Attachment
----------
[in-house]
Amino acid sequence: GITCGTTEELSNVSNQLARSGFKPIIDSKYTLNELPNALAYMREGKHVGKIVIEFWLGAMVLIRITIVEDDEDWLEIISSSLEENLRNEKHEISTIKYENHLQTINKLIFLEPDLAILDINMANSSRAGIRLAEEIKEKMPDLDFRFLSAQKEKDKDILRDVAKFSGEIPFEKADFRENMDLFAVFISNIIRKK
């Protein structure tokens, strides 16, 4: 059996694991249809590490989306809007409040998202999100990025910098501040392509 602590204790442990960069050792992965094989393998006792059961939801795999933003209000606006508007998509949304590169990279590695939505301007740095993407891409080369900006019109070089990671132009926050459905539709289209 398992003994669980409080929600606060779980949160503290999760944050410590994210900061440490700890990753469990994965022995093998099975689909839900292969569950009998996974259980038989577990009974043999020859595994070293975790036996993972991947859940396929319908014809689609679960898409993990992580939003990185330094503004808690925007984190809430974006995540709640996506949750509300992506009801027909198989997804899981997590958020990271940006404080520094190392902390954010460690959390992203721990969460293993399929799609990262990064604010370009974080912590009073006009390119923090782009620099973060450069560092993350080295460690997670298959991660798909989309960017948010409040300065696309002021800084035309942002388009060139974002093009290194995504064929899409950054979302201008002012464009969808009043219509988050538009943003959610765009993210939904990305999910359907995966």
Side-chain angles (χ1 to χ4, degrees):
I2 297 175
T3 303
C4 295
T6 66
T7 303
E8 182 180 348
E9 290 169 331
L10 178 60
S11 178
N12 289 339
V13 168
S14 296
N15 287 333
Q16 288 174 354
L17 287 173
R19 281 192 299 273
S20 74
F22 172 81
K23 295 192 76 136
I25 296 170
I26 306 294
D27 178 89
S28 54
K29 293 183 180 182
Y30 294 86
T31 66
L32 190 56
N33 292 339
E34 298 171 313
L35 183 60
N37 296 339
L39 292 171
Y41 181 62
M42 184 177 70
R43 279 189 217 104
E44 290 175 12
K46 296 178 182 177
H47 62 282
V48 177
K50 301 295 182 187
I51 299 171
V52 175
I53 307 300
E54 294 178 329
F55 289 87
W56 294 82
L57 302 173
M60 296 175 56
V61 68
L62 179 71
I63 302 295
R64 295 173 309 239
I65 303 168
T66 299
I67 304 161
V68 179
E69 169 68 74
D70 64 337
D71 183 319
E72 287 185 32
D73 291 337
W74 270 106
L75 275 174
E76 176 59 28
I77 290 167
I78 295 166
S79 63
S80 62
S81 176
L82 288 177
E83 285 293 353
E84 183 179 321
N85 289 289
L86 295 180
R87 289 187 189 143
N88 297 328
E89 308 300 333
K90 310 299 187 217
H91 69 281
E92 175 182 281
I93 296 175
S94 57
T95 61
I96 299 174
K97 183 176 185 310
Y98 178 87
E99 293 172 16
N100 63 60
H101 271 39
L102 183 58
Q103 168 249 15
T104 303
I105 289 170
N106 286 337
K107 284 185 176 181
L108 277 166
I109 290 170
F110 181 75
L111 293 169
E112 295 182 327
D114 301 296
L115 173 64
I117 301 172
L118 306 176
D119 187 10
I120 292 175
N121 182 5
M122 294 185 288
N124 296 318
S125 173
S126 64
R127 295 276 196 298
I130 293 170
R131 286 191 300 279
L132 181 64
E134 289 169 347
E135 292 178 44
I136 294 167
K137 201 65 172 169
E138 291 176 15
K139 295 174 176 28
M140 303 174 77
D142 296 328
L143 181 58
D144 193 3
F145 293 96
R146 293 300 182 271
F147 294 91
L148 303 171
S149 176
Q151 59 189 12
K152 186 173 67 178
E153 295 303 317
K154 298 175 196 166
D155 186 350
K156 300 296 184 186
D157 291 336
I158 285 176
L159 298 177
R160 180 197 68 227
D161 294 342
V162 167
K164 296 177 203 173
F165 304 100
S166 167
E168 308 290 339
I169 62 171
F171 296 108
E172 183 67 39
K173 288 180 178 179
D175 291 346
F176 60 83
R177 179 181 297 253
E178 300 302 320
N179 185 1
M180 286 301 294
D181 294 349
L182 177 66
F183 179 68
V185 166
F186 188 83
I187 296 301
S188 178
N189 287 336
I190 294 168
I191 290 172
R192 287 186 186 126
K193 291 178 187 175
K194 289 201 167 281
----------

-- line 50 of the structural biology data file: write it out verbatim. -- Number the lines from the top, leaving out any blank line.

W56 294 82